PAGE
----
Losing appetite and a dysfunctional sleep schedule aren’t uncommon symptoms of stress, and are often results of the physical symptoms of stress. Stress can manifest as physical sensations in the body, such as nausea, tense muscles, or a knot in the stomach, which can make it hard to eat or sleep. A surge of adrenaline brought on by stress can also suppress your appetite and cause insomnia.
Sleep and appetite are deeply interlinked: insufficient sleep can lead to a poor appetite, and improper nutrition dysregulates your sleep cycle, leading to a vicious cycle that exacerbates the issue. Everyone’s body reacts differently to stress, and you shouldn’t feel like it’s unnatural or weird to be feeling the way you are.
Now that we have a better understanding of the reasons behind stress, let’s take a look at how we can manage it in a more healthy manner.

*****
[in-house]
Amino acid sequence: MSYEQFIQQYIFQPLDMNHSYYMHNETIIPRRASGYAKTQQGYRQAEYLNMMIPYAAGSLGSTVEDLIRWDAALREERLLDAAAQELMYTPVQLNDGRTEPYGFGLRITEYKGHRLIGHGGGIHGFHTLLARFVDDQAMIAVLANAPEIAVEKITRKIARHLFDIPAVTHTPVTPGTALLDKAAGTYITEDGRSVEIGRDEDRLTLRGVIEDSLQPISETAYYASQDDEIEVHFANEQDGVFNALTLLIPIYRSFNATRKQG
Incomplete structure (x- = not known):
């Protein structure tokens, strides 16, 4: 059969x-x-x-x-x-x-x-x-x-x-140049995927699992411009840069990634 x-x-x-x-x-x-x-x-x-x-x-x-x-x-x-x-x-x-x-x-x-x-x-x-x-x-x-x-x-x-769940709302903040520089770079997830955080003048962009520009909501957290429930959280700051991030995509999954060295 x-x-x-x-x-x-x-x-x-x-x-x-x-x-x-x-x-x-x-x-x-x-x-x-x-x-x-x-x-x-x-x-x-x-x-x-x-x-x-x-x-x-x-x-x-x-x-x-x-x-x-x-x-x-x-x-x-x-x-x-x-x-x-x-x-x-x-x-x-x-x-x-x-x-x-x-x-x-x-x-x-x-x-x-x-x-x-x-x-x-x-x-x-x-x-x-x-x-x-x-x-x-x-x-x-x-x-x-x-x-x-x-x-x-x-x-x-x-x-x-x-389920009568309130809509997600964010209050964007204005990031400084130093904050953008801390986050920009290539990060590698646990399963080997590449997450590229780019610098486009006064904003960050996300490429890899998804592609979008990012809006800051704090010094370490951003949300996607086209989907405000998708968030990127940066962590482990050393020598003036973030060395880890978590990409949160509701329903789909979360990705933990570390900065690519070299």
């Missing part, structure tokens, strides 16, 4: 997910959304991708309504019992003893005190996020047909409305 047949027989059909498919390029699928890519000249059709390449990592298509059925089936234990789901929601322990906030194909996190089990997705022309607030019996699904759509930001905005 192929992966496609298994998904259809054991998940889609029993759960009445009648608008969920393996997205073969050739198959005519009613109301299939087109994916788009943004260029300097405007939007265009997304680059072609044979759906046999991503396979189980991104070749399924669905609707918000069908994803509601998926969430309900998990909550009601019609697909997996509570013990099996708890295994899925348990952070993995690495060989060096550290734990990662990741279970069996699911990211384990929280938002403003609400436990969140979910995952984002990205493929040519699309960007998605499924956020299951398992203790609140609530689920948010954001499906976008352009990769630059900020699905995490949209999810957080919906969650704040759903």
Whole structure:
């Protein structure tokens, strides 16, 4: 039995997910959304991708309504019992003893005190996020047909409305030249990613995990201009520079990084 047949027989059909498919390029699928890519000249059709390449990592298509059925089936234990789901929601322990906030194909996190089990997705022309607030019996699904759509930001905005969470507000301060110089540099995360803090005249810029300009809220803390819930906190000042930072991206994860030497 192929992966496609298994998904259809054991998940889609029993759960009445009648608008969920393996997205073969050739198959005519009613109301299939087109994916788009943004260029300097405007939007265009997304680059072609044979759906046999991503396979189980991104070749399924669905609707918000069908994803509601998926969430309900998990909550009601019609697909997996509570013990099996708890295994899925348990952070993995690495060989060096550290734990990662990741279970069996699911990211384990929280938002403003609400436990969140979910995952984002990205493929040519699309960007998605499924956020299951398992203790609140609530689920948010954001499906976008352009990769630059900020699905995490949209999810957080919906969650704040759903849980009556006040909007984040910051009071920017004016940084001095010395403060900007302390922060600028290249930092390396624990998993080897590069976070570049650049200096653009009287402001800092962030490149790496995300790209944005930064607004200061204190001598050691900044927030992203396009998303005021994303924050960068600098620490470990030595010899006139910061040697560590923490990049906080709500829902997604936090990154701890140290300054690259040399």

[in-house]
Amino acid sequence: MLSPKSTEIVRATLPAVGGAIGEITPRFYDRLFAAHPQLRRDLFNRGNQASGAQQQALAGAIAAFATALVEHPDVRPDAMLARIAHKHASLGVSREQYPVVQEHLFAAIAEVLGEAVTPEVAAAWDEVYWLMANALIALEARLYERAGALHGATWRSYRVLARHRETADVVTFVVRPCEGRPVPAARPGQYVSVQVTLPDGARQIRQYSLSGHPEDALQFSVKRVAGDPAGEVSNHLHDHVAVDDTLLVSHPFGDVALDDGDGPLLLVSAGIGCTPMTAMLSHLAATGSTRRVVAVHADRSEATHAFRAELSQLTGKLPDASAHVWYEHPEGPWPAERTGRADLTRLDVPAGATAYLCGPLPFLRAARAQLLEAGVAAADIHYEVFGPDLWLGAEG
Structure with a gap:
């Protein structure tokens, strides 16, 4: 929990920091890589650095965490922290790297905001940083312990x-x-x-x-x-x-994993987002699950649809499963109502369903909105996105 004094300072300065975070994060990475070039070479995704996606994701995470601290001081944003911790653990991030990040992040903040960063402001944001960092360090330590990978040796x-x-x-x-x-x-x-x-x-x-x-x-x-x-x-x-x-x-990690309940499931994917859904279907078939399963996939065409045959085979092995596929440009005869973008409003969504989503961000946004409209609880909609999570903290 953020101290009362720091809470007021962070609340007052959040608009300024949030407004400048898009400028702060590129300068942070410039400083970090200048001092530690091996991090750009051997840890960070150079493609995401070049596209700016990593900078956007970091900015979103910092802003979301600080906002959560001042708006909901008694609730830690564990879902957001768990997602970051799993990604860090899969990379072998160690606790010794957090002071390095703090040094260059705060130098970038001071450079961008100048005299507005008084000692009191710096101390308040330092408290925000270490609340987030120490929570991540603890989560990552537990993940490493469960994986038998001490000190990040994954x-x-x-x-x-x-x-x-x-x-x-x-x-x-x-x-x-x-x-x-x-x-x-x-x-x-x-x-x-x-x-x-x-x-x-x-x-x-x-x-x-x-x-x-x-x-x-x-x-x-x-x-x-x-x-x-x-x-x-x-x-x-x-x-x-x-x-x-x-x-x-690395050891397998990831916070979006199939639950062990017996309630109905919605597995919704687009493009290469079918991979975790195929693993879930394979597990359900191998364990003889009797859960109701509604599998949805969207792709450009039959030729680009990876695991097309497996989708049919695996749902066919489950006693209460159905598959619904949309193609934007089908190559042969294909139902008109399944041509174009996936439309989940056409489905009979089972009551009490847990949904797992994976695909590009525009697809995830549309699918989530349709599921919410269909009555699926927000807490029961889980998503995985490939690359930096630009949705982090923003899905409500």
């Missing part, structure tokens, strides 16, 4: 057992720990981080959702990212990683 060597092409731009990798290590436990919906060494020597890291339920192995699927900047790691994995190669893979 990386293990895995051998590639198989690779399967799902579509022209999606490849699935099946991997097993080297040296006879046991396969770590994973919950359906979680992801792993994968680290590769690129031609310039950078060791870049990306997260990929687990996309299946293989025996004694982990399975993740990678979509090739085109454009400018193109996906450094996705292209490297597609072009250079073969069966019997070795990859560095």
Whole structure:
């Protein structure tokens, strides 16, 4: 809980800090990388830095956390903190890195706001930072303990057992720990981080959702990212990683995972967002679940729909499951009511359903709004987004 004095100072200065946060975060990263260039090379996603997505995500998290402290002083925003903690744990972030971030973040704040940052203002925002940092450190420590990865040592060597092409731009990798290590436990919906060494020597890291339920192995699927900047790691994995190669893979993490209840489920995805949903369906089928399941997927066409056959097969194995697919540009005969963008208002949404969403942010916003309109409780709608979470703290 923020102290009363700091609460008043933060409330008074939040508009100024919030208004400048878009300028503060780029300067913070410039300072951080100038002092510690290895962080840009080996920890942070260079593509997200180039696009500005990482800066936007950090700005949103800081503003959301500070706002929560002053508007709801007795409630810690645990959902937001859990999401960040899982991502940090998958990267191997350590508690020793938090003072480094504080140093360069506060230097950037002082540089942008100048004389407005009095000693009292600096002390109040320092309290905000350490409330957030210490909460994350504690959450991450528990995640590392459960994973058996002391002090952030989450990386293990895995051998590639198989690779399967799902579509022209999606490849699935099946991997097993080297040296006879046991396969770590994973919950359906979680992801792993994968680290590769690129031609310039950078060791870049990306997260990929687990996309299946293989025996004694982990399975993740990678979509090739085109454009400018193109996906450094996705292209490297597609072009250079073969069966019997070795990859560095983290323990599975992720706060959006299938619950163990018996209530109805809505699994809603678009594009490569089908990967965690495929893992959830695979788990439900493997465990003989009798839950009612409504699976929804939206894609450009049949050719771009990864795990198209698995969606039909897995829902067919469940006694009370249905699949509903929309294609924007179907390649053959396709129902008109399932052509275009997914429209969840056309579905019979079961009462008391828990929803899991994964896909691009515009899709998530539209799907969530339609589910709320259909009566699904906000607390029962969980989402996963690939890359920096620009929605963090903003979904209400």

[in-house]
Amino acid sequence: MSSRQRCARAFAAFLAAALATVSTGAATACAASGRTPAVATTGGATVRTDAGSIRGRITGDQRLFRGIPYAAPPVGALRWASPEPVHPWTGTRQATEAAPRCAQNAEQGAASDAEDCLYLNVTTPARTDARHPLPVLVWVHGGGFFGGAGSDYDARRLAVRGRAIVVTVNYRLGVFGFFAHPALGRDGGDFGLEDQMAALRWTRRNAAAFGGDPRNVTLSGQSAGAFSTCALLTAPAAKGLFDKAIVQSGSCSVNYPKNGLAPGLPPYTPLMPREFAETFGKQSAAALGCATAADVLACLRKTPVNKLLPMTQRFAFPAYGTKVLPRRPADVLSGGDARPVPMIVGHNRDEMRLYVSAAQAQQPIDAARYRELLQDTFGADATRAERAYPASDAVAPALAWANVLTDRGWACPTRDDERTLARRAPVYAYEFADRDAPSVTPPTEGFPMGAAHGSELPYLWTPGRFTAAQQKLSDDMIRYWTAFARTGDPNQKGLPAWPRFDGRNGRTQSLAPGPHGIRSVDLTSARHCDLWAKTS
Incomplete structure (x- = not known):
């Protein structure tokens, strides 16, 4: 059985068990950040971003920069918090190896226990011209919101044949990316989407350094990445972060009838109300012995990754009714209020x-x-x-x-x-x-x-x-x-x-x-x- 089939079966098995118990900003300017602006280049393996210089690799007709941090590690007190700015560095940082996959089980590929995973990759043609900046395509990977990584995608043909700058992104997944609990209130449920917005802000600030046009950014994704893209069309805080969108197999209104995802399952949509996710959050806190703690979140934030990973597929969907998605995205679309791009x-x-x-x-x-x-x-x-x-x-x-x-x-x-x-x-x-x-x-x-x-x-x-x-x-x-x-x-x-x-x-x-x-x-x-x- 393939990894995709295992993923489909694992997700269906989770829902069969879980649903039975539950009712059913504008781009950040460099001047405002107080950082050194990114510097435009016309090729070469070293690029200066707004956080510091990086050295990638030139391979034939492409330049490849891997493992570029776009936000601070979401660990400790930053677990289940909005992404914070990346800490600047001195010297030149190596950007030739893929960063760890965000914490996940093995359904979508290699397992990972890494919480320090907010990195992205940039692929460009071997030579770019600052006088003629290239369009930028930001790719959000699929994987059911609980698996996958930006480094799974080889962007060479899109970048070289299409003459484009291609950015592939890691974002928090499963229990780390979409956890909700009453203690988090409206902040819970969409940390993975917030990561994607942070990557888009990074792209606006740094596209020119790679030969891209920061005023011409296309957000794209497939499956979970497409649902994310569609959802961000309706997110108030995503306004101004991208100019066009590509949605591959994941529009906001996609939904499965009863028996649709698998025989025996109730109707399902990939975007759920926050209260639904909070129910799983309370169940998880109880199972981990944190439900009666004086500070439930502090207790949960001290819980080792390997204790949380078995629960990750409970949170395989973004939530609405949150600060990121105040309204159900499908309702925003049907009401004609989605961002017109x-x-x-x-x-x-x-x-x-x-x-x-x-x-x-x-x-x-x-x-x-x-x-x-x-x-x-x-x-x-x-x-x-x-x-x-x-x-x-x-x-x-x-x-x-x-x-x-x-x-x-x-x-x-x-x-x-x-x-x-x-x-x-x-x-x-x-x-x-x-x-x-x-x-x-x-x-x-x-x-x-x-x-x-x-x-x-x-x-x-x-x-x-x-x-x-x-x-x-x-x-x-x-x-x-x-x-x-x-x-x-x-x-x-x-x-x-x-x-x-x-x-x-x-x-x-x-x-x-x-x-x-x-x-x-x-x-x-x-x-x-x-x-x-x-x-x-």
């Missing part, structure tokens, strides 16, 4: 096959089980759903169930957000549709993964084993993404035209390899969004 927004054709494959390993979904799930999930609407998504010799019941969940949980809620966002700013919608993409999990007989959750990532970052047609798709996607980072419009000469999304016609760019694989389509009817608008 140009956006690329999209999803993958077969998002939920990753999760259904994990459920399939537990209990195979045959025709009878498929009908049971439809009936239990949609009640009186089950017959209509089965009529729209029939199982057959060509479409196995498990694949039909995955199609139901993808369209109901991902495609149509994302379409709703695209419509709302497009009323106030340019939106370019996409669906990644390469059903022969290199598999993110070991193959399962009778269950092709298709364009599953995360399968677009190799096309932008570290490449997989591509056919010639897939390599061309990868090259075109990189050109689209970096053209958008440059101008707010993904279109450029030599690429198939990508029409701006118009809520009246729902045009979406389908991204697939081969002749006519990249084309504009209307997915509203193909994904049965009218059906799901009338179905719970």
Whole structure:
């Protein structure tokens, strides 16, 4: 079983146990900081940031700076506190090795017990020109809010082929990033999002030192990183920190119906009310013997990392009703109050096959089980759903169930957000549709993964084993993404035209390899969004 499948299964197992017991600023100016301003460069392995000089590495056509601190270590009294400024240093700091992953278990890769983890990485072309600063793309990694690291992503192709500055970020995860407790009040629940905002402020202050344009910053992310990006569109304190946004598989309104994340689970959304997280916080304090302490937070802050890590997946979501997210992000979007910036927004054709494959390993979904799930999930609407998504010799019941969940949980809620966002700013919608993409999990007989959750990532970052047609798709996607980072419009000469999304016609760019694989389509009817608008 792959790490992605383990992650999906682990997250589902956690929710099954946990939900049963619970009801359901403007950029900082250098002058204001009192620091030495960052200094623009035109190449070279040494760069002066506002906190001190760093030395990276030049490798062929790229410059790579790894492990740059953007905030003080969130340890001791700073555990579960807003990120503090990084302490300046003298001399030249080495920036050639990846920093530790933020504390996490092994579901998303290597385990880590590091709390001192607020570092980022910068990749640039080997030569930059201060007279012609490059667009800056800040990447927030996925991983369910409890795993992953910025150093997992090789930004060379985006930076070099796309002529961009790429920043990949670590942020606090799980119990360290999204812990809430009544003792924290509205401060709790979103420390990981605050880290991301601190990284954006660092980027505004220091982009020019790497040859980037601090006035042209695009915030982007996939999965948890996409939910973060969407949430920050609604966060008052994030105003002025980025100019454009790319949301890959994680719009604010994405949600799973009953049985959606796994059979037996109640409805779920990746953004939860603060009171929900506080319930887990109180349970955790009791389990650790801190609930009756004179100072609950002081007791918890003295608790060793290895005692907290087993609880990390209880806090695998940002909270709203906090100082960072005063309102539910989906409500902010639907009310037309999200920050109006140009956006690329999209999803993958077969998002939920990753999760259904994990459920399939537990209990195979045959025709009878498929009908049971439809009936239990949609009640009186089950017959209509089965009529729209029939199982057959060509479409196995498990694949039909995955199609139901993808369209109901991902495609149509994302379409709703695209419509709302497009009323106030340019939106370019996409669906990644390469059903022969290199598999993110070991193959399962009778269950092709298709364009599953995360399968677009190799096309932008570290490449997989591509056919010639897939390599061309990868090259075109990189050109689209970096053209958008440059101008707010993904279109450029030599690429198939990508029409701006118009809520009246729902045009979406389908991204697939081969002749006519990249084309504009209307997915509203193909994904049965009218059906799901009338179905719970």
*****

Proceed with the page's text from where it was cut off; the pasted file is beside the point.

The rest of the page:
Practising mindfulness in our busy lives
In the hustle and bustle of our school life, where incoming exams, outstanding lectures, and social pressures abound, mindfulness emerges as a simple and convenient way for us to manage stress. Practising mindfulness doesn’t require hours of meditation; it could be as simple as taking a few mindful breaths before a test or dedicating a few minutes to clear your mind.
When you feel overwhelmed, try focusing on the small things in the present: the breaths you’re taking, the sounds around you, and the things you’re seeing. Be mindful of these observations and take the time to contemplate them – you’ll notice yourself feeling calmer, and your mind “decluttering”.